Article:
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Five Basics You Need To Be Aware When Grading Coins

by Kathryn Watson

Knowing how coins are graded is important if you are a collector or buyer and seller of coins.

If you want to have coins graded to determine their values, there are a few basic factors you need to be aware of to get an accurate idea of the grade. The following are five basics you need to be aware of when grading coins:

Flaws that are located in grade-sensitive areas may be harder to detect than other flaws.

If you want to grade accurately, it's important to pay special attention to grade-sensitive areas that are relatively high and exposed. A blemish on these areas will be more damaging to the value of a coin and the coin's grade than a blemish on an area that is somewhat camouflaged by engraving details.

Coins that have been artificially re-toned can be especially deceptive when you're grading.

Artificial toning is often done on coins to cover up imperfections, but artificial toning should not significantly raise the grade of a coin. When grading, it's important to look beneath any artificial toning because blemishes tend to continue to still be perceivable when coins are examined carefully with a magnifying glass.

Blemishes or imperfections like tooling, thumbing, scratches, and hairlines that are superficially covered up or diminished by toning should still detract from a coin's grade.

It helps to use a halogen lamp for inspection.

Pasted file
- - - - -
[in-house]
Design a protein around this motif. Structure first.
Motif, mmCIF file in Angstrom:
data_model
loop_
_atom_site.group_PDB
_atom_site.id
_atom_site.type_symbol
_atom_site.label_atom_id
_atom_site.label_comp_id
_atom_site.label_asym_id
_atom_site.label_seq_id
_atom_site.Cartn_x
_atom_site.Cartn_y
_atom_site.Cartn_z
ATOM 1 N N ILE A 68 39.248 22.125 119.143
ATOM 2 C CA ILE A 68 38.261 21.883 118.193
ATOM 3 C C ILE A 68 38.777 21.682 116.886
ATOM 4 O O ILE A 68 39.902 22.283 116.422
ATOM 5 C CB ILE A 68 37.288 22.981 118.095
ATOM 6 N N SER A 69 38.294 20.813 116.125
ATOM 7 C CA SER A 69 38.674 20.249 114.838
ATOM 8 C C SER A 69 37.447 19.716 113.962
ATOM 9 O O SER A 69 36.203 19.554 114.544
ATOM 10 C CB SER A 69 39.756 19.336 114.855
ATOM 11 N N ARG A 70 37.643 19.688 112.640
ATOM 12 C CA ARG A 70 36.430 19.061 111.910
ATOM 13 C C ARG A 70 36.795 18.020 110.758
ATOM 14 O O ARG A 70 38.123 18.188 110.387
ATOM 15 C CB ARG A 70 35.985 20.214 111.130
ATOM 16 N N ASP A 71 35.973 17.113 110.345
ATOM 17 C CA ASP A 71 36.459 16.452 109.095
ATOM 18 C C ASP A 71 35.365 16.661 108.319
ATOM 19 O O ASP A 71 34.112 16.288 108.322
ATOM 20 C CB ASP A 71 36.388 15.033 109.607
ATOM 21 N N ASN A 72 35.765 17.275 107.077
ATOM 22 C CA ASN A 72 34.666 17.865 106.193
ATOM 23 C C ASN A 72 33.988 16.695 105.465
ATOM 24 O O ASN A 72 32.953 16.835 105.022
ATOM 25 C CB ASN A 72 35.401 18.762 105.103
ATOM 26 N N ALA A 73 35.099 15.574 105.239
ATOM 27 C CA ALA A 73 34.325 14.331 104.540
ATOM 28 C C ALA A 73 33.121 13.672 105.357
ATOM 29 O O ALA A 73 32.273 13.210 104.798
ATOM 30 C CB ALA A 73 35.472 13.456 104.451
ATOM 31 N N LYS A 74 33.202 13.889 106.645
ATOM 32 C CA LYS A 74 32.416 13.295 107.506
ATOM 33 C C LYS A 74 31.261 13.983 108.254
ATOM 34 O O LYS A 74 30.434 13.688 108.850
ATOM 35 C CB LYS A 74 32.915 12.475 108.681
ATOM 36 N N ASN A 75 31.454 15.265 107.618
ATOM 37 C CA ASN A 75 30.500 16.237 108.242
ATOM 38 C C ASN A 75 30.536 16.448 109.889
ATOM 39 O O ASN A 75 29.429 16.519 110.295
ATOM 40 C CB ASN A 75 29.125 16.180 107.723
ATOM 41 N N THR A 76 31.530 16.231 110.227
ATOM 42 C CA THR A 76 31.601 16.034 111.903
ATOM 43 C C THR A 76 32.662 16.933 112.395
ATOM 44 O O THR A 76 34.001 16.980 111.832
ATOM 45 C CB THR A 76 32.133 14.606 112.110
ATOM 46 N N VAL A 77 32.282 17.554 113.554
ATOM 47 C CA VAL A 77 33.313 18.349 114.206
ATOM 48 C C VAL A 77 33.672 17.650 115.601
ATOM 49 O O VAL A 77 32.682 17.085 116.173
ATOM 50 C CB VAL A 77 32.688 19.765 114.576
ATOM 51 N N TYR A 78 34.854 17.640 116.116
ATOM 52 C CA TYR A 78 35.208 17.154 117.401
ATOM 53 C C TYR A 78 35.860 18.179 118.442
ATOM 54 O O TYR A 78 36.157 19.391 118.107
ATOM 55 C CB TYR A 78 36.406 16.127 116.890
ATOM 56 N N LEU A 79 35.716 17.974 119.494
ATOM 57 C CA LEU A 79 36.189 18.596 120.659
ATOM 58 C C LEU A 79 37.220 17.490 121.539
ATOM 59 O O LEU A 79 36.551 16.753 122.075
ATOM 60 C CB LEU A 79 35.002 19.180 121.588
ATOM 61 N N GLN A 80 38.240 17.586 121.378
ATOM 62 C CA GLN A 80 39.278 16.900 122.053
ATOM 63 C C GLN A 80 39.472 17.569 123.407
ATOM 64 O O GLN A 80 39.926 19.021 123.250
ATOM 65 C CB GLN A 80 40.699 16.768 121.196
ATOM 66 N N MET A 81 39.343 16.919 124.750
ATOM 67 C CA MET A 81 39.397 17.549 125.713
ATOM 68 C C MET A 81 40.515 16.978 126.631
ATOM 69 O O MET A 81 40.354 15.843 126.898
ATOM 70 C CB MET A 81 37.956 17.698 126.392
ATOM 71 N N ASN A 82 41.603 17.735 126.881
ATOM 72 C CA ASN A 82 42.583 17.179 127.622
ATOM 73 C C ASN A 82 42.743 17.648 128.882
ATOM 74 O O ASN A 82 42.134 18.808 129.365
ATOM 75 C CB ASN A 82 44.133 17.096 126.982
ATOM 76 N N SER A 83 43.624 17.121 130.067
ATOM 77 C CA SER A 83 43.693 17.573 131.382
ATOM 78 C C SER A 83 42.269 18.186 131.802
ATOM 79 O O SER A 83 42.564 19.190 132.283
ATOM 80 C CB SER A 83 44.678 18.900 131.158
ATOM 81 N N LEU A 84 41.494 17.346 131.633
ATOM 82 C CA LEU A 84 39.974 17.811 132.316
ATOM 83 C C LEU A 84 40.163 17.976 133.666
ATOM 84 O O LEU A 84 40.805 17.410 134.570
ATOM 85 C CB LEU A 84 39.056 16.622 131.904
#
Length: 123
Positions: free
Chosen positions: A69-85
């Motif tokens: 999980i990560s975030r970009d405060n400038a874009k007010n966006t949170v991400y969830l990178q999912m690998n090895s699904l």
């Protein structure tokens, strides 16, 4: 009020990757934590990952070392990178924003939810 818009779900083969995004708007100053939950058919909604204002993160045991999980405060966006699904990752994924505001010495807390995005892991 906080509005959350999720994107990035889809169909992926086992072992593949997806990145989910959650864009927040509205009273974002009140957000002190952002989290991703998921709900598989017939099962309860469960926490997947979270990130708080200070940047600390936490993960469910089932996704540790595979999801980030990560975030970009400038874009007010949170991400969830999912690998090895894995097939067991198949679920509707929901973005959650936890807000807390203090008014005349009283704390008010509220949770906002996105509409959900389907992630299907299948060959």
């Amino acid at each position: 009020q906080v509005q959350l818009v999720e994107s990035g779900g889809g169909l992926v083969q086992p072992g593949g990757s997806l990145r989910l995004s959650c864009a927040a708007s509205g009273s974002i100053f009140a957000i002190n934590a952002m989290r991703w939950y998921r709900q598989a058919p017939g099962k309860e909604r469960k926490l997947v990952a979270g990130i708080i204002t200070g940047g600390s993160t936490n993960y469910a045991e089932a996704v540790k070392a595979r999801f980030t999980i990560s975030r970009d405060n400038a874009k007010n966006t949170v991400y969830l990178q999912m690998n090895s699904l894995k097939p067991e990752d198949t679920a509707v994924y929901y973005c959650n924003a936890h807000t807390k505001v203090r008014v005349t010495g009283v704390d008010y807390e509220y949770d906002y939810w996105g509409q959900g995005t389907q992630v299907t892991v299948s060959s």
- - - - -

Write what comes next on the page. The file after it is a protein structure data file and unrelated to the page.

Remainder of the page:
One of the most valuable and accurate tools available for coin grading is a halogen lamp or a pinpoint light source.

These light sources can make it so that imperfections are more apparent and easy to detect. They are especially useful with grading proof coins because they allow for careful detection of hairline scratches.

One of the signs of a lower grade that's harder to detect is worn down high points.

Any coin that has been circulated is likely to have worn down high points. However, even an uncirculated coin might still fail to be given a high grade because high points have worn down. 

In particular, analyze the color of high points when you're inspecting copper coins. Any high points will darken if friction has worn them down. 

Any unattractive features could detract from the grade.

It's important to use common sense in grading coins. A coin that generally appears unattractive and ugly for any reasons- including abnormal scratches or blotches in the toning- is not going to get a high grade.

There is a fairly high level of subjectivity involved in grading older coins, so the general attractiveness of old, rare coins is a big consideration. Click for more information.